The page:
Jenette Goldstein’s Pvt. Vasquez, meanwhile, is the one-dimensional tough-woman to balance Bill Paxton’s one-dimensional tough-man. But her overt, theatrical masculinity is even questioned as she’s asked: “Have you ever been mistaken for a man?” The women of the Alien quadrilogy are no longer capable crewmates, but women facing overly antiquated sexist attitudes (especially for the year 2179). Even Cpl. Dwayne Hicks, Ripley’s best ally, falls into the stereotypical game, giving her a weapon with the disclaimer that it “doesn’t mean we’re engaged or anything.” (This is a twist from the script, where intimacy is “the last thing on their minds.”)
Cameron is so focused on the larger-than-life action (which is what made the sequel a commercial success) that Ripley slips further away from humanity, step by step becoming an inhuman superhero who can single-handedly defeat an alien and crawl against the current of air and debris being sucked out into space. … a superhero who is also a sex symbol titillating senses of danger and lust.
Where Aliens made Ripley the theoretical and potential mother, Alien 3 makes her the actual mother, linking her reproductive organs to her enemy that lives inside her. The film seems unsatisfied with the mother-status Ripley was given in the previous film, and again kills her “daughter,” Newt, sending her to the position of grieving caregiver. But worse, the film does this on a male prison colony where the danger to her physical body is just as imminent from the prisoners as it is from the aliens. Ripley has been transformed completely into the sexual object whose body is toyed with by all the men who surround her – for sexual pleasure or financial and political gain. She shaves her head to fit in, but it reads more like a weak attempt to balance her position as a mother with her position as alien asskicker.
Sexual danger lingers like an oppressive extra character, constantly reminding the audience about Ripley’s sexuality and femaleness. She jumps into bed and becomes the seductress, chastising her lover (Clemens) for spoiling the mood when he tries to work. She then becomes the potential victim, almost gang-raped by inmates until she is saved. Her future worth is dangled as the potential to recreate: “you can still have a life … children.”
But her only chance for offspring is the alien living inside her, a mother potentially birthing a mother, that she must kill. Ripley is defined by her womanhood and condemned by it. What was hinted at in the first film is now an oppressive reality she cannot survive…
…until Hollywood resurrected the franchise.
After two hundred years, Ripley is back again, the company having finally successfully cloned her (after many horrific attempts) as Ripley with her alien child, c-sectioned out of her body. She is imprisoned naked, swathed in a sheet on a hard floor. But the horrificness, and every bit of seriousness, are thwarted by Joss Whedon’s one-liner-laden script, and a marked insistence (by Whedon and Weaver, as explained by the writer in the extras) to remove much of Ripley’s humanity as a superhuman, acid-blood clone.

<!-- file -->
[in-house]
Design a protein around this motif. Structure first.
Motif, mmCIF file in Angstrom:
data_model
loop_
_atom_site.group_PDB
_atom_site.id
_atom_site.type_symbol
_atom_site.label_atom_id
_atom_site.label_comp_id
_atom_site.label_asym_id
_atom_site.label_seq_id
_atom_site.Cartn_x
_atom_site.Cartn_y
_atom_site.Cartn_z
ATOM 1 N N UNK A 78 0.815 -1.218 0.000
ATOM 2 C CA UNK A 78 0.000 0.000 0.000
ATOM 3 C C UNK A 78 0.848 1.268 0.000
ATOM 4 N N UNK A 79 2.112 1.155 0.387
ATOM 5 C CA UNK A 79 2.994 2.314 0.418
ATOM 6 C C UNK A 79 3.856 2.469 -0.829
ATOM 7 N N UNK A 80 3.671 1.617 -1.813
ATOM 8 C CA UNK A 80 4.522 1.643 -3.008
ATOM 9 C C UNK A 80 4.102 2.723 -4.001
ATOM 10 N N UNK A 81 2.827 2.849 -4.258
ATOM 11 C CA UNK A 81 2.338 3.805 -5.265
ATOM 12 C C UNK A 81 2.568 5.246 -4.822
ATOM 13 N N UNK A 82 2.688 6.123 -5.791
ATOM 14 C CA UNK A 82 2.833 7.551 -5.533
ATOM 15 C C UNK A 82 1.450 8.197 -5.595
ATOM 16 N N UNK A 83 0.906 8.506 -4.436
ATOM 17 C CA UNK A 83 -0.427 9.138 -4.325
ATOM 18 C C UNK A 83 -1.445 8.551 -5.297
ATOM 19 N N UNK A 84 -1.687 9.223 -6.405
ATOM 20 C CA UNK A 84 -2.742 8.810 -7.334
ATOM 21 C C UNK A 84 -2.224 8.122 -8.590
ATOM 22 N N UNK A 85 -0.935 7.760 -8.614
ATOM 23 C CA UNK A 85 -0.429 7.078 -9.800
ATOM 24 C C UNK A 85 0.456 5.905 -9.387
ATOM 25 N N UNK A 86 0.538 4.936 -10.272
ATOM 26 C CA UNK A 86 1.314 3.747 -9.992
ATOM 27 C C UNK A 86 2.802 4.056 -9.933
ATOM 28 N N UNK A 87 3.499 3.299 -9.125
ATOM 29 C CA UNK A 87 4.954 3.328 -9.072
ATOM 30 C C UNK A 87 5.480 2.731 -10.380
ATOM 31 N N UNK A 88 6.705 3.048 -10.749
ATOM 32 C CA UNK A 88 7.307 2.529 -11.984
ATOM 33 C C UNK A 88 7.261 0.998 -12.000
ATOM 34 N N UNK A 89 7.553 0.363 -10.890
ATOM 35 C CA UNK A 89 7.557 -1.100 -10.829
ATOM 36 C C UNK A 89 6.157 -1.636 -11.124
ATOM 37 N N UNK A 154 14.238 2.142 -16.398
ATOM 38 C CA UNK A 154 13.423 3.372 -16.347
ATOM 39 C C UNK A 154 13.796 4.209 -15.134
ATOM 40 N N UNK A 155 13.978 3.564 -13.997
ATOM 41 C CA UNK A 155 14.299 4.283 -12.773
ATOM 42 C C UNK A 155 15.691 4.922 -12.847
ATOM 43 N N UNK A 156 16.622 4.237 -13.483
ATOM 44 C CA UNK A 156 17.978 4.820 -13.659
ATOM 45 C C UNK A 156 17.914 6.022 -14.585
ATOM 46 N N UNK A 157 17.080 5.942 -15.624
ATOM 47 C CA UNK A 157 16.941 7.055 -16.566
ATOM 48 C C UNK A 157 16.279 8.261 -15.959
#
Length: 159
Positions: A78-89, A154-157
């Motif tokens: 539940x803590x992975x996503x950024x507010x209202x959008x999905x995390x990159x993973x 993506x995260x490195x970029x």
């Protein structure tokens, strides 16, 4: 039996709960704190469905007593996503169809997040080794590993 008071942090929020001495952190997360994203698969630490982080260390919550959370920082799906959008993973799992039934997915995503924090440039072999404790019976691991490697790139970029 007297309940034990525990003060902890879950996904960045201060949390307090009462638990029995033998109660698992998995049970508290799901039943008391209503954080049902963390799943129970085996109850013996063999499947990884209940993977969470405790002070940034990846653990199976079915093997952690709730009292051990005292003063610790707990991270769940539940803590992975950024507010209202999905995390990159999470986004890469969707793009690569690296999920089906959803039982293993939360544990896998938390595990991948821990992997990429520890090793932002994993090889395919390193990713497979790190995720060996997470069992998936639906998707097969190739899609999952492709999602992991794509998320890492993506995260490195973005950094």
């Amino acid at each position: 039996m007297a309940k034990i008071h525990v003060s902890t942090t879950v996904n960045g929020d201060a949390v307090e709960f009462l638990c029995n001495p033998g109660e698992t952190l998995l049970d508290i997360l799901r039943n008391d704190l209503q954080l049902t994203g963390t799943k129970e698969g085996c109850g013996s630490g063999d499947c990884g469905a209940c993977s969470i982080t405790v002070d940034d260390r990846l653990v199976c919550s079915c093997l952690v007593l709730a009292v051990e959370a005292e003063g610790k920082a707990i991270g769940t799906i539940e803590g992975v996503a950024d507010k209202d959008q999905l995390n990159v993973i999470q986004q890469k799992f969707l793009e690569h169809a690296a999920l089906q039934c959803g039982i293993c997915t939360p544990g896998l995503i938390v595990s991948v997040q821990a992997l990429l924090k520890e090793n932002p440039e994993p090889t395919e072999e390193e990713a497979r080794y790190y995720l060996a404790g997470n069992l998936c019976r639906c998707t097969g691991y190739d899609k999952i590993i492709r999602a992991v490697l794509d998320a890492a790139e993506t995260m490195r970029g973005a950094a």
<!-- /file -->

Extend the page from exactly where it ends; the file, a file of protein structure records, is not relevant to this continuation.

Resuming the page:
The film is a mélange of groan-inducing moments from beginning to end, including Ron Perlman’s Johner continually leering at Ripley, the ridiculous moaning “sex” scene where a thonged backside leads to a racy foot massage, the phallic-mouthed alien continually thrusting at its prey, the way Ripley ends up caressing and holding the hybrid alien in the end, and most ridiculously, her line: “who do I have to f**k to get off this boat?”
By the final moments, Ripley had evolved from the formidable hero defined by her actions and thoughts (rather than gender), to a heroine completely reduced to her reproductive powers. Critics might chastise the sequels for how directorial whim trumped story and trajectory, but Ripley’s real magic was lost the moment she become a female hero instead of just a hero. With her gender distinctly in play, she became a victim more to her gender than she did to her alien.
There is nothing wrong with having a tough female hero who has sex, babies, and anything else classically feminine, but Ripley wasn’t that type of heroine, which made each sequel seem thematically off. They never had a chance, no matter who was at the helm, because the focus of her character was so distinctly changed, so focused on her heroism and sex that she couldn’t just be the sum of her actions. She had to be the sum of her sex.
That’s the biggest blessing about this week’s Prometheus. It’s an Alien world without Ripley – the chance to break free from the obsession with a larger-than-life mother-figure and ass-kicking superheroine.